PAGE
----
Large iron pieces became strongly magnetic, and small iron objects continually flew from one large iron piece to another. Ralph's watch chain became so hot that he had to discard it, together with his watch. He kept on turning the wheel, and the roar changed to a scream so intense that he had to pull out his rubber ear vacuum-caps so that he might not hear the terrible sound. As he turned the wheel farther around the tone of the ultra-generator reached the note where it coincided with the fundamental note of the building, which was built of steelonium (the new substitute for steel). Suddenly the whole building "sang," with a shriek so loud and piercing that it could be heard twenty miles away.
Another building whose fundamental note was the same began to "sing" in its turn, just as one tuning fork produces sympathetic sounds in a similar distant one.
A few more turns of the wheel and the "singing" stopped. As he continued turning the wheel of the gen-erator, the latter gave out sounds sharper and sharper, higher and higher, shriller and shriller, till the shrieking became unendurable.
And then, suddenly, all sound stopped abruptly.
The frequency had passed over twenty thousand, at which point the human ear ceases to hear sounds.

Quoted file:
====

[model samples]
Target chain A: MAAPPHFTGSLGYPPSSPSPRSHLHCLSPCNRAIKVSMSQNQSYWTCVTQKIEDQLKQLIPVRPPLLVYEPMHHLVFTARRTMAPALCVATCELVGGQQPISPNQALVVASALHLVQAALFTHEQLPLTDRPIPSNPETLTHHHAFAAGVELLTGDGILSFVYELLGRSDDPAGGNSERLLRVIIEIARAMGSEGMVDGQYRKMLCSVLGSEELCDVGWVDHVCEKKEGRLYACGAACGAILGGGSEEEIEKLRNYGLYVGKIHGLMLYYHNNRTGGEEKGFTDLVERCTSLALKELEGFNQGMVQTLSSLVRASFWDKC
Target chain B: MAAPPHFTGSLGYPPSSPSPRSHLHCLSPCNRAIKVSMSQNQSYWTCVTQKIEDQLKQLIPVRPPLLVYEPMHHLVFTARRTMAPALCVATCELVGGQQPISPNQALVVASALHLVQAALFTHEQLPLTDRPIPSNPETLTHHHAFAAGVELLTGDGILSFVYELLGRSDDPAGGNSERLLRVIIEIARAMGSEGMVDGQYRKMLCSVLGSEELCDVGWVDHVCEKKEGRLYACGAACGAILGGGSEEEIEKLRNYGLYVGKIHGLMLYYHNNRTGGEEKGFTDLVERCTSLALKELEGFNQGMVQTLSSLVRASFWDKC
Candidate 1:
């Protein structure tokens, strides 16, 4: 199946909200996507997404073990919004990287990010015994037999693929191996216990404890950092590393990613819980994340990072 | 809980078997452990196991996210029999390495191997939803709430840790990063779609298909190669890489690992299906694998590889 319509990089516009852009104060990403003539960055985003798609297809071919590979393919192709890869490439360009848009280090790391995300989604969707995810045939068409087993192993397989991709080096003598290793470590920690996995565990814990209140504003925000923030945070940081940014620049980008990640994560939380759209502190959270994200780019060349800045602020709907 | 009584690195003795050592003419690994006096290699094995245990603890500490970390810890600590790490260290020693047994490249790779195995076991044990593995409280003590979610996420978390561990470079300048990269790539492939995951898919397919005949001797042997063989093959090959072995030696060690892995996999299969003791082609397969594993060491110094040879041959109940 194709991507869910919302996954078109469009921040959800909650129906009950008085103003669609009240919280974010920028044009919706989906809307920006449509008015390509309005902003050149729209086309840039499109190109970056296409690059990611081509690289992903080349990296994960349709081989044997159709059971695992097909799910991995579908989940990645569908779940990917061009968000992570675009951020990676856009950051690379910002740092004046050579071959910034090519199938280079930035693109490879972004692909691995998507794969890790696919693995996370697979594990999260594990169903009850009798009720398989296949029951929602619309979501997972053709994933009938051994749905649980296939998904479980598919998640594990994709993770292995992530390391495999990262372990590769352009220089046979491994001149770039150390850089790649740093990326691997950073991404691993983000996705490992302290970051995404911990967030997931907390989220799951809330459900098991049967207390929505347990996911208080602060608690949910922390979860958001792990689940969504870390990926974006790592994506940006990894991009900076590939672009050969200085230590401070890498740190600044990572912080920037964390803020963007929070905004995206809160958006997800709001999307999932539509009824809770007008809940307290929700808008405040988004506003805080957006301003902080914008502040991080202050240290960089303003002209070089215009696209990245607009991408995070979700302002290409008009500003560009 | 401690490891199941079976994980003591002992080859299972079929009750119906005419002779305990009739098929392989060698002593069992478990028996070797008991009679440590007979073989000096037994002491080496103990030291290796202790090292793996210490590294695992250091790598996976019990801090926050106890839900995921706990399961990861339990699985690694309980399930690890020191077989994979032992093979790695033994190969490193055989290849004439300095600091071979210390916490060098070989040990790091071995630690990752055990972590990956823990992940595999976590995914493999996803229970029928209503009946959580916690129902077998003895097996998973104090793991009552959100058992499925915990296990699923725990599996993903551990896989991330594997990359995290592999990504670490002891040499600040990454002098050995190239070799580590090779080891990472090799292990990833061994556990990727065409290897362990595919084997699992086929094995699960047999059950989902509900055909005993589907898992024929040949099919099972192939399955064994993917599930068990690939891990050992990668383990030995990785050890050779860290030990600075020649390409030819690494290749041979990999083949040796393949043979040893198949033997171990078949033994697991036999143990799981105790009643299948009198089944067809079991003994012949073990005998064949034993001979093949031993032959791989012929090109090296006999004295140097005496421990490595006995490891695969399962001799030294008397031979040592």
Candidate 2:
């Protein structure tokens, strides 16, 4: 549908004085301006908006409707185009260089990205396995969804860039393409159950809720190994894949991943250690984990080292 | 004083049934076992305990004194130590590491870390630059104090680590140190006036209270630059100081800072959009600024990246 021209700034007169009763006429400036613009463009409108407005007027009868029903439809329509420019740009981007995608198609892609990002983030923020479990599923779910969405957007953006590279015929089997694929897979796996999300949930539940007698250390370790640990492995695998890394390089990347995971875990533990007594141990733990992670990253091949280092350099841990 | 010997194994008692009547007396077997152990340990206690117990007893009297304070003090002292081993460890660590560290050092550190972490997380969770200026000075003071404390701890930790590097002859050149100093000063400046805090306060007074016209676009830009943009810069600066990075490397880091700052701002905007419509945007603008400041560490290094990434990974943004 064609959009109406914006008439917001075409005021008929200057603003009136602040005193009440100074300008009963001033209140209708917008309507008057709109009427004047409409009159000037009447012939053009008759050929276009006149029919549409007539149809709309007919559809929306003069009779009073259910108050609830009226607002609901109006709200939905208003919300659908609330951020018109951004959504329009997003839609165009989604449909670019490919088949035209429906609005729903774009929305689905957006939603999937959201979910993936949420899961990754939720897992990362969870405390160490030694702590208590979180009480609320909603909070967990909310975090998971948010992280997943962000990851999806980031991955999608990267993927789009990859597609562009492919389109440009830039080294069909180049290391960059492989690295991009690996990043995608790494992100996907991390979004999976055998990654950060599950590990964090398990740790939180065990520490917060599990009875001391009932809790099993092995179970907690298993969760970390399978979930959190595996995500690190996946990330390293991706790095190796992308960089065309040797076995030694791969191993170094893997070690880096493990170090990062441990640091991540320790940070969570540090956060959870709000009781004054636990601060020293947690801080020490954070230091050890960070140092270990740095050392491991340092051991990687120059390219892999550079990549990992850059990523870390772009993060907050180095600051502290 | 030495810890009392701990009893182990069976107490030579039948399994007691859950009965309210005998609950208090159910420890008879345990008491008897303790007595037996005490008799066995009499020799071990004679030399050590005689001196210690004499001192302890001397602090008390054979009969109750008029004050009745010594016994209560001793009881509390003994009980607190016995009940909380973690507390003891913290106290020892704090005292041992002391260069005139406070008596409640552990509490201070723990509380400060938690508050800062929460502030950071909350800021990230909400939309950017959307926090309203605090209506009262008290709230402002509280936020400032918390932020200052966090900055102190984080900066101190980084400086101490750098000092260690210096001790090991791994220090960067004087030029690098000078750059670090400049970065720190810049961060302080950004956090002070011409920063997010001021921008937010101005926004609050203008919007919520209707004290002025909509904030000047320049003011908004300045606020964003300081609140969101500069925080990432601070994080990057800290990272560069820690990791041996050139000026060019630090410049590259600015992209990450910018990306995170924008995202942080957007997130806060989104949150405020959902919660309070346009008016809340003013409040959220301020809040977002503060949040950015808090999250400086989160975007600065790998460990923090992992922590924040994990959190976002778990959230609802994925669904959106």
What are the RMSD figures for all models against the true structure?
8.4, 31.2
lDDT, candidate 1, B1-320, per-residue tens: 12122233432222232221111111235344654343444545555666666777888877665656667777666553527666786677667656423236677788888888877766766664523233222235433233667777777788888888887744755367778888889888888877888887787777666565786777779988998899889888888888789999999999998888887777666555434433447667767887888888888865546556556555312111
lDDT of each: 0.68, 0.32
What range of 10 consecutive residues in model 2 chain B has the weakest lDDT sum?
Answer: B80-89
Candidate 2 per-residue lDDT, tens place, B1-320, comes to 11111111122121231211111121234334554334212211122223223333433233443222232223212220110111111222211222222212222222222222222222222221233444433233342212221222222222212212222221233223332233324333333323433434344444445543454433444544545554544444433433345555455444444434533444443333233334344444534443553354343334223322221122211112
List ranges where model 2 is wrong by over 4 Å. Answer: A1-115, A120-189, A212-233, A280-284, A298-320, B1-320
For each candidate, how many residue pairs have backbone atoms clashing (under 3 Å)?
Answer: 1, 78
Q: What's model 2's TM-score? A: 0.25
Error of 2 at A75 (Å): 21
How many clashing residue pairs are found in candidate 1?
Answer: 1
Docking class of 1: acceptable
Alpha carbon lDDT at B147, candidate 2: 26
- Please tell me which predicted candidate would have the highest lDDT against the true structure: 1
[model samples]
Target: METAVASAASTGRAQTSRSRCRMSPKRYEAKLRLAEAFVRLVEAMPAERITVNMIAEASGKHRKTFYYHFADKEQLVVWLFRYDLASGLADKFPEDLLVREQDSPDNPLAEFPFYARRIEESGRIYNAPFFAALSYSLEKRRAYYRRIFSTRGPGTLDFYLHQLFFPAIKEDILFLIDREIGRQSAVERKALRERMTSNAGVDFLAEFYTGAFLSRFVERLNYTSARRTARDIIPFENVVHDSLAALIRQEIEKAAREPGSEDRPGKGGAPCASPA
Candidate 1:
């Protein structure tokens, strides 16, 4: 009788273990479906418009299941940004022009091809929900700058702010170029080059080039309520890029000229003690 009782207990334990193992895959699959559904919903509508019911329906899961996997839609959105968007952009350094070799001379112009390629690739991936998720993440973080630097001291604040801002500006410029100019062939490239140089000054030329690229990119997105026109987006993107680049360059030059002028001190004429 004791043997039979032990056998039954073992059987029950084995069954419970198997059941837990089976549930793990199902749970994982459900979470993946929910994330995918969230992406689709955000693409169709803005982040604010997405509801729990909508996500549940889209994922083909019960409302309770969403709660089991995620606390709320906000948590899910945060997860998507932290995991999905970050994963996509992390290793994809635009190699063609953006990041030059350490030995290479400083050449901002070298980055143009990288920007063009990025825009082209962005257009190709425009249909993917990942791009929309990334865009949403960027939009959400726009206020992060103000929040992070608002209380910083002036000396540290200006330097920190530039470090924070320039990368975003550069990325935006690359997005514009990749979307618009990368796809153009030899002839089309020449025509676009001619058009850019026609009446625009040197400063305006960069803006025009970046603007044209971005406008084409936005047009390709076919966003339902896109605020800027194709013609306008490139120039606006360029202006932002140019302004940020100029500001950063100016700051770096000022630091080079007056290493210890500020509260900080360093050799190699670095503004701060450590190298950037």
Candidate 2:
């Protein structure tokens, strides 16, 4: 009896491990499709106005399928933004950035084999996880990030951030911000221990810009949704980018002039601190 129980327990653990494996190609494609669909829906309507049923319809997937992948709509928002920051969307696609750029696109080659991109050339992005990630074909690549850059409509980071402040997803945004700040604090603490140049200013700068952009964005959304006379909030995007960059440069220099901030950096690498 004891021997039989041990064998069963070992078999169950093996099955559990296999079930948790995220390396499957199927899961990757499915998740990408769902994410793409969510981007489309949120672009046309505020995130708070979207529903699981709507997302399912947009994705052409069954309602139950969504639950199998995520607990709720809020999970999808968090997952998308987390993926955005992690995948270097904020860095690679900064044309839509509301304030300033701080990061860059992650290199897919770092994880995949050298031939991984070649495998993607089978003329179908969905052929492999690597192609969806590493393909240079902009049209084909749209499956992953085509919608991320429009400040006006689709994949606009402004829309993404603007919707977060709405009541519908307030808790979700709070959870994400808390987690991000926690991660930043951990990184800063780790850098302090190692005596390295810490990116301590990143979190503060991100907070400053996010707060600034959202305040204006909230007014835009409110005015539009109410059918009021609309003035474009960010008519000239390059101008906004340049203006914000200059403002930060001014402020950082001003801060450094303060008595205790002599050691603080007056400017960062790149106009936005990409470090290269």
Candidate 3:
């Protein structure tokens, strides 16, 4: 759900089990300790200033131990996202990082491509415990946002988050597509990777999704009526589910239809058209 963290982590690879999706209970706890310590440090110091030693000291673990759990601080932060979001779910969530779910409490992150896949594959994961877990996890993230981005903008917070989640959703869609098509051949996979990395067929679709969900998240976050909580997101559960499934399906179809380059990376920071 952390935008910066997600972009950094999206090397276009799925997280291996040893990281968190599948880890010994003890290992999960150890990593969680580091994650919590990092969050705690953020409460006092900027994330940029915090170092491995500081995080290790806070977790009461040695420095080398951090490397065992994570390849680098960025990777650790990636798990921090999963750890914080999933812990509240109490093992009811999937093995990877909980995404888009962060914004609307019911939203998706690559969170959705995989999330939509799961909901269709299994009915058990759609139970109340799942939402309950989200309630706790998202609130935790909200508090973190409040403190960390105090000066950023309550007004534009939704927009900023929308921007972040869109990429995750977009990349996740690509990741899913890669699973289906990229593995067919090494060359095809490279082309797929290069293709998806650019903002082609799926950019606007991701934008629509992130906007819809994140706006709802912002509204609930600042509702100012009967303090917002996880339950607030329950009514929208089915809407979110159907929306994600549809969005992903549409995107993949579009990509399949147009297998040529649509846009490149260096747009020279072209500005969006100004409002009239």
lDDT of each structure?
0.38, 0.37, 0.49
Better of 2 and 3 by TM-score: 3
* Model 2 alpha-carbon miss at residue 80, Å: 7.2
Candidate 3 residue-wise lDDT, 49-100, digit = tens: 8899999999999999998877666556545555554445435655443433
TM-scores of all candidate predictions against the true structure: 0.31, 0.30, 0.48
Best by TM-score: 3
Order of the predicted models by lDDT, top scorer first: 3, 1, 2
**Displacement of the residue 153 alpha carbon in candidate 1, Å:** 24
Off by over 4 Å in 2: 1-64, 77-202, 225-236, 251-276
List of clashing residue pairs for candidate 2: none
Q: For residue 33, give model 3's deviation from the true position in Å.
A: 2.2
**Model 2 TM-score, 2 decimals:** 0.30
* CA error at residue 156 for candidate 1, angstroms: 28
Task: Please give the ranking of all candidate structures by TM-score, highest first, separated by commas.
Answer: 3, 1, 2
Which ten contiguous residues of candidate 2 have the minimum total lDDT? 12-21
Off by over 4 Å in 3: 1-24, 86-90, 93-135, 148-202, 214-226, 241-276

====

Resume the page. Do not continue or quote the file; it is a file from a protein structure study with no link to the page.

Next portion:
Ralph turned the wheel a few more notches and then stopped. Except for the flying iron pieces, there was no sound. Even the myriads of sparks leaping around were strangely silent, except for the hissing noise of flames streaming from sharp metal points.
Ralph looked at the clock. It was exactly ten minutes after the first sounding of the gong. He then turned the wheel one notch further and instantly the room was plunged into pitch-black darkness. To anyone unacquainted with the tremendous force un-der the control of Ralph 124C 41 +, but having the te-merity to insulate himself and stand on a nearby roof there would have been visible an unusual sight. He would also have undergone some remarkable experiences.
The uninitiated stranger standing—well insulated—on a roof not very far off from Ralph's laboratory, would have witnessed the following remarkable phenomena:
As soon as Ralph threw the power of the Ultra-Gener-ator on his aerial, the latter began to shoot out hissing flames in the direction of West-by-South.
As Ralph kept turning on more power, the flames be-came longer and the sound louder. The heavy iridium wires of the large aerial became red-hot, then yellow, then dazzling white, and the entire mast became white-hot. Just as the observer could hardly endure the shrill hissing sound of the outflowing flames any more, the sound stopped altogether, abruptly, and simultaneously the whole landscape was plunged into such a pitch-black darkness as he had never experienced before. He could not even see his hand before his eyes. The aerial could riot be seen either, although he could feel the tremendous energy still flowing away.